The spandrel beam emerges as an important part of frame structures. This article focuses on defining and discussing different aspects of spandrel beams.

What is Spandrel Beam?

In steel or concrete structures, the spandrel beam is the exterior beam that stretches horizontally from one column to another column. These are also known as edge beam.

Spandrel beams are provided on each floor which helps distinguish floor levels in high-rise buildings. These are used to withstand the load of the peripheral walls, in some cases, also roof loads of a building because masonry walls generally can not carry self-weight and slab weight entirely.

Spandrel Beam

Load Distribution Method

Spandrel beams are designed to transfer external wall load and slab load from slabs to the outer columns. Then the whole load is passed on to the footings through the columns. In RCC structures, these beams undergo axial compression, torsion, bending moment, and shear stresses simultaneously due to their interaction with the floor beams. Slab load is fundamentally transmitted by torsion from beam to columns. Hence, it creates a complex system of load distribution.

Features of Spandrel Beam

The properties of the Spandrel beam highly depend on the floor beam characteristics. Beams connected to flanged floor beams rather than rectangular floor beams produce enhanced capability of resisting torsional stresses. This consequently increases the ultimate load capacity of the high-rise building. Torsional behavior of the Spandrel beam is a significant feature as slab load is fundamentally transmitted from beam to column by torsion. Therefore, the beam requires additional attention to torsional failure while designing. The latest design code followed for this beam is ACI Committee 318, Building Code Requirements for Structural Concrete and Commentary (ACI 318-19).

Uses of Spandrel Beam

Spandrel beams are used in multi-story buildings at each floor level. These are attached to the outer perimeter of floor slabs as a belt to support the floor beams. It also strengthens the connection between the slab and outer columns. On the roofs, the parapets are placed above these beams.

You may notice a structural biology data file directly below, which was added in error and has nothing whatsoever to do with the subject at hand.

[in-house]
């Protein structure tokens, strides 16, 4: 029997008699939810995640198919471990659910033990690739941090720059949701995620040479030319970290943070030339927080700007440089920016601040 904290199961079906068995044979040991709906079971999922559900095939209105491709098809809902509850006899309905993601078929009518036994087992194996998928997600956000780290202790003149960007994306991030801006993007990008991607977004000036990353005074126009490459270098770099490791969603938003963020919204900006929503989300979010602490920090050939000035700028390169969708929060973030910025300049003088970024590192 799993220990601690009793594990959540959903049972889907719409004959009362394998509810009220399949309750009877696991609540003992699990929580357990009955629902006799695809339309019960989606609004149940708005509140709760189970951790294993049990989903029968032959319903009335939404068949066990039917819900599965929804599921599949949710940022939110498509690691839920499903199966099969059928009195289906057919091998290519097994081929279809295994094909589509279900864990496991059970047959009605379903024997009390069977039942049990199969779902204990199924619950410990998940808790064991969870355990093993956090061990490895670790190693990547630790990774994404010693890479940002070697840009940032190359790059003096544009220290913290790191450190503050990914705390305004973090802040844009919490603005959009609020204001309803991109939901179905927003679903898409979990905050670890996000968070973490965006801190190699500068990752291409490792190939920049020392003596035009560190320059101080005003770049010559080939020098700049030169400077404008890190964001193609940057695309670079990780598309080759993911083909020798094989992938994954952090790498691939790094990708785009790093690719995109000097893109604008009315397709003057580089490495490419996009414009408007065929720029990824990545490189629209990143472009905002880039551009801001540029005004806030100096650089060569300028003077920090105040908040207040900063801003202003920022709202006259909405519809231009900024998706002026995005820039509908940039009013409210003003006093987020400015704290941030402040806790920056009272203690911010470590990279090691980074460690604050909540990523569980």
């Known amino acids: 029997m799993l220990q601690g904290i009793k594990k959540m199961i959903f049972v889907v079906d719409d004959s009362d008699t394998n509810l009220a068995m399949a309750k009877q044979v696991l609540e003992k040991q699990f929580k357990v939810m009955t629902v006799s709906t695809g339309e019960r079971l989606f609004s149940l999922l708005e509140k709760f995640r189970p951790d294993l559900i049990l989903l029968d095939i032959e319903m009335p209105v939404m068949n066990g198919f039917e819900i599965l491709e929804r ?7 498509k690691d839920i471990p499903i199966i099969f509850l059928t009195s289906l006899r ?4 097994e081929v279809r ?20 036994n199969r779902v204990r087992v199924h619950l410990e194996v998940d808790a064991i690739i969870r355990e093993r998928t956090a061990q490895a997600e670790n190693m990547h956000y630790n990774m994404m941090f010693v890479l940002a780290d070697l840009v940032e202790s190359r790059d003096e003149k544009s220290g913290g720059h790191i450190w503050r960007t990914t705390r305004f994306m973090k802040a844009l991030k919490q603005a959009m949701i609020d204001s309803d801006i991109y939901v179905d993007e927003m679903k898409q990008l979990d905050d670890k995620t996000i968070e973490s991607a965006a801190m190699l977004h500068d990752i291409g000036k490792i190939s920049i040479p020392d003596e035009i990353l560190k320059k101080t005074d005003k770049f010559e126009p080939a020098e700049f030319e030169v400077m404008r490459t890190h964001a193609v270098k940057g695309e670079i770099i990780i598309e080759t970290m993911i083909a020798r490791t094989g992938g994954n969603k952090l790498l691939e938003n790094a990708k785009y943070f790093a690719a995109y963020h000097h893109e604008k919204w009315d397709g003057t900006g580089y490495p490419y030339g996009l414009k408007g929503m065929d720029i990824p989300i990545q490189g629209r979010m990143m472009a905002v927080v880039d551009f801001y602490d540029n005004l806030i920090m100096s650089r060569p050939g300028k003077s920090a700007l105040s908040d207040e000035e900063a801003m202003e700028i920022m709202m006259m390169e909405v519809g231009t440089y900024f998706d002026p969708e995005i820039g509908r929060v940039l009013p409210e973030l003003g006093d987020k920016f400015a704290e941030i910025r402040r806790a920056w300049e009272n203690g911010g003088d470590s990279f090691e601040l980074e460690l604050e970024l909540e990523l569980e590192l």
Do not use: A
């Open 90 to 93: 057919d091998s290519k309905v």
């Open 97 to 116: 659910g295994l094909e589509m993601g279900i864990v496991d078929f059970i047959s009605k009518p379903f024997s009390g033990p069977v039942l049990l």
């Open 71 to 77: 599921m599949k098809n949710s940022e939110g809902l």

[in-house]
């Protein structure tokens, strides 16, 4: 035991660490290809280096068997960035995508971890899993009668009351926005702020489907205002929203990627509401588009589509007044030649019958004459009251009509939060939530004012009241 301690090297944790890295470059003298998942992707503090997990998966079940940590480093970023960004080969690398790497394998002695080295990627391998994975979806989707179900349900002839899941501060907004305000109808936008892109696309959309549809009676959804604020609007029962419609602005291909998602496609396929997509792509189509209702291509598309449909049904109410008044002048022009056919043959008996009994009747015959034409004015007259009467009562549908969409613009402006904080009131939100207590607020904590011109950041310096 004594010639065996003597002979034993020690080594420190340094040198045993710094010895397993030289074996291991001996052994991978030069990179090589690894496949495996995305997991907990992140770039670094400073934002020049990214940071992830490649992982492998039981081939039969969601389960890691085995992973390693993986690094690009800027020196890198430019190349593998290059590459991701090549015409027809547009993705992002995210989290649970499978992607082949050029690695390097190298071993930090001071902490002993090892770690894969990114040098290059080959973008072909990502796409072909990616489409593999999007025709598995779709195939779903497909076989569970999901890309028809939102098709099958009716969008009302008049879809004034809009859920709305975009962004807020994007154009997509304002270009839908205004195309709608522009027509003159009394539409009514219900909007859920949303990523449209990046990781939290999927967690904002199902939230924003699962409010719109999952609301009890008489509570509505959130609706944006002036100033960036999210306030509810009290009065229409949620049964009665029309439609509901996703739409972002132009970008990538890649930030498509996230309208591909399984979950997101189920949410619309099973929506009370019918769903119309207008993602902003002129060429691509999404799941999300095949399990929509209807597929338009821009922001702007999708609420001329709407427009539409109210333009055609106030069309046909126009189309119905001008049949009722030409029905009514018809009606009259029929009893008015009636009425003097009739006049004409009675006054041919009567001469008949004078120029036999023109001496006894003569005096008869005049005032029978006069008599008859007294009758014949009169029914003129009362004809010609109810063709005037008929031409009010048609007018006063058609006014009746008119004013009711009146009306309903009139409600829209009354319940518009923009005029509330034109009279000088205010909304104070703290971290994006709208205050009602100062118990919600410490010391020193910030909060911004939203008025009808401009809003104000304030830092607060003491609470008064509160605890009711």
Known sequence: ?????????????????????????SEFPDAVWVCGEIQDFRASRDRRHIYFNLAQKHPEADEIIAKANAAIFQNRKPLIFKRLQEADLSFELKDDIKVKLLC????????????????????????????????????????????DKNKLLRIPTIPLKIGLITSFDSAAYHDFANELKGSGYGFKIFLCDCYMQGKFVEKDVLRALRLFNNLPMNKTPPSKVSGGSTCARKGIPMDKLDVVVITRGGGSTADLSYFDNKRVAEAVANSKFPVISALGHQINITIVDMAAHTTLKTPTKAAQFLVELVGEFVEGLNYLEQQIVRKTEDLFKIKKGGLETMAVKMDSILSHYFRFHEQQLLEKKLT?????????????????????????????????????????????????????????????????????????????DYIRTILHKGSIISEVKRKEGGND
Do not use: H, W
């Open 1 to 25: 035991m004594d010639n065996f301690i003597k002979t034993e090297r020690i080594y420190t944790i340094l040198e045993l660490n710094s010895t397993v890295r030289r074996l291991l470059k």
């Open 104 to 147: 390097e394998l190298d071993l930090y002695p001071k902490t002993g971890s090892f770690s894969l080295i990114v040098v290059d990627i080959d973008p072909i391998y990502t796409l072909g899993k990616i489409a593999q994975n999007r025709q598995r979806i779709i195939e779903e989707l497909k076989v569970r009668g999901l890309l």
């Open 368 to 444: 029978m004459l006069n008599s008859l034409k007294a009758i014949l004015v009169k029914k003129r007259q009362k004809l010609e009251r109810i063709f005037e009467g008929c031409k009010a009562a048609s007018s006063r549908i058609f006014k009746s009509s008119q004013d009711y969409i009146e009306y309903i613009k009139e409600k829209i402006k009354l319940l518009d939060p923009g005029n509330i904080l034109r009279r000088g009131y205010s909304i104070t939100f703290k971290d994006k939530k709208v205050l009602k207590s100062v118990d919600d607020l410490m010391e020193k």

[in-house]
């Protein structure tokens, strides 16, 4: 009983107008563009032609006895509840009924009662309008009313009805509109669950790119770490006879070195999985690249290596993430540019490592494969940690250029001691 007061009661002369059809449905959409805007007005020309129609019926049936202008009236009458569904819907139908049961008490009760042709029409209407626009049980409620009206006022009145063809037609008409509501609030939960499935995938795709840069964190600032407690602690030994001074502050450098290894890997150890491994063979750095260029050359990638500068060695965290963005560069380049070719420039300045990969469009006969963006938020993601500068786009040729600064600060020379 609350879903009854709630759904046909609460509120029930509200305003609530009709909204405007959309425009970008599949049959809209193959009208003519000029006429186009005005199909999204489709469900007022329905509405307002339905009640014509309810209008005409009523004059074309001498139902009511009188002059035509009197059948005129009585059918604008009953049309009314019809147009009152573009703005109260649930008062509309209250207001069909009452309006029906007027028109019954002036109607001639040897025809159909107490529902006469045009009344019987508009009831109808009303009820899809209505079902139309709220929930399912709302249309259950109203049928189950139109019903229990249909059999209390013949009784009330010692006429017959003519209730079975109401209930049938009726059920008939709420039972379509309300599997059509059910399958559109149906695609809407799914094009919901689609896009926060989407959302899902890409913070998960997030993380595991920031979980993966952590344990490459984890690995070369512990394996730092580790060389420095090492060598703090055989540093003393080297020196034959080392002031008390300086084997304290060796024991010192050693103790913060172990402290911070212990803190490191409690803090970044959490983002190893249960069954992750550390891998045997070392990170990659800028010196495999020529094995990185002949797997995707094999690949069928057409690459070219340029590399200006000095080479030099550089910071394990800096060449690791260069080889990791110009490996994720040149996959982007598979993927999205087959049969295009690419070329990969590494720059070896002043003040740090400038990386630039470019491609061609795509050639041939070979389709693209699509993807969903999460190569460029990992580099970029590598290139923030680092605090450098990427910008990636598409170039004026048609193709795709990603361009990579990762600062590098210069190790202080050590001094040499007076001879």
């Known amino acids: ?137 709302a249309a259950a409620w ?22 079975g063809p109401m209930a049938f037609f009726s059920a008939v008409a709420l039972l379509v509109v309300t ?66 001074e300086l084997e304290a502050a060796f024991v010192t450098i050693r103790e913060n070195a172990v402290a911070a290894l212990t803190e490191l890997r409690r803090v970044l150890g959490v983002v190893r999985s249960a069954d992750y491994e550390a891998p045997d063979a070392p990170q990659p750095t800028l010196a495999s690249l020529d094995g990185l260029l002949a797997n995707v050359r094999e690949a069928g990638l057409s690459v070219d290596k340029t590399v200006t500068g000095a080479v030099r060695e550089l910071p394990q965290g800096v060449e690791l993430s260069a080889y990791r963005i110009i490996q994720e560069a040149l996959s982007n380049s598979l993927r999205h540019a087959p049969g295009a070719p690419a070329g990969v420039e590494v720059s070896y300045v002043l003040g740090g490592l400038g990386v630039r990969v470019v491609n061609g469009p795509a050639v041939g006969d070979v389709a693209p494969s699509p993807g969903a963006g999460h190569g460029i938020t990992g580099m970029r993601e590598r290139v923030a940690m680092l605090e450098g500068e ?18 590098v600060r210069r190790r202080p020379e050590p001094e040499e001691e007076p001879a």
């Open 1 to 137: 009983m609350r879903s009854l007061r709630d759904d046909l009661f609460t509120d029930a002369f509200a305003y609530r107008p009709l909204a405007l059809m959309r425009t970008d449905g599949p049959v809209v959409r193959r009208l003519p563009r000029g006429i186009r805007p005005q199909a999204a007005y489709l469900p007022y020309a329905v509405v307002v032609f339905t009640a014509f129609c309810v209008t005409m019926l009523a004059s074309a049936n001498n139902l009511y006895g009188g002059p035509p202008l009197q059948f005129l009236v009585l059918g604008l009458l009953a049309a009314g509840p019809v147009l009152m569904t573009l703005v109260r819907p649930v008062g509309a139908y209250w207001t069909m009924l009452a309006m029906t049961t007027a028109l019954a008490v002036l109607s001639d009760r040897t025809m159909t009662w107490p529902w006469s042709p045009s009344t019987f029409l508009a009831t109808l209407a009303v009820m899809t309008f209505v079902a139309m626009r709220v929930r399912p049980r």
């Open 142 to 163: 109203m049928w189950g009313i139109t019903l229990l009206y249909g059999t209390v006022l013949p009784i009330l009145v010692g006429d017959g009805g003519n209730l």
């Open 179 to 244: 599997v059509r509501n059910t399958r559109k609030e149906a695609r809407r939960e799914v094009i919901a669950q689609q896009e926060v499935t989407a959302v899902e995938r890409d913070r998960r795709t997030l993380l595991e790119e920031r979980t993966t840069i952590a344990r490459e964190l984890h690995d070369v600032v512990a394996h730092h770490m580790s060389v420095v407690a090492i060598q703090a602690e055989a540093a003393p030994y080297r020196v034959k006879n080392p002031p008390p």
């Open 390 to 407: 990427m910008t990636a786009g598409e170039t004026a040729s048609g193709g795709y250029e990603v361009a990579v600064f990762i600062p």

Advantages of Spandrel Beam

  • Spandrel beams impart extra strength to the outer sides of a multi-story building.
  • These beams increase the lateral stiffness of steel and concrete structures. In wide beam-column connections, spandrel beams with both longitudinal and transverse reinforcements are preferred to use. This enhances the building’s seismic performance.
  • Spandrel beams are used in coupled shear walls to produce sufficient stiffness and ductility against earthquake activities. These also provide support for the external side openings such as windows along with shear walls and lintel.

Disadvantages of Spandrel Beam

As Spandrel beams are located on the exterior of a building, these more often come in contact with moisture than floor beams which results in

  • Deterioration or rusting of reinforcement steels.
  • Cracking and spalling of concrete.

Therefore, a considerable amount of money is spent on the restoration.

Reference

  • McGraw-Hill Dictionary of Scientific & Technical Terms
  • Mogbo, N.C.I. (1968). “Torsional behavior of Spandrel beams”. Retrieved from Rice University Library
  • Behnam, H., Kuang, J.S., Abdouka, K. (2016). “Behaviour of RC Spandrel beam in exterior wide beam-column connections” Australian Earthquake Engineering Society 2016 Conference, Nov 25-27, Melbourne, Vic
  • Salman, R.M.S., Ali, A.A.M. (2015). “Reinforced Concrete Spandrel-Floor Beams Interaction” ISSN(Online): 2319-8753

 

 

Disclaimer

Please note that the information in Civiltoday.com is designed to provide general information on the topics presented. The information provided should not be used as a substitute for professional services.

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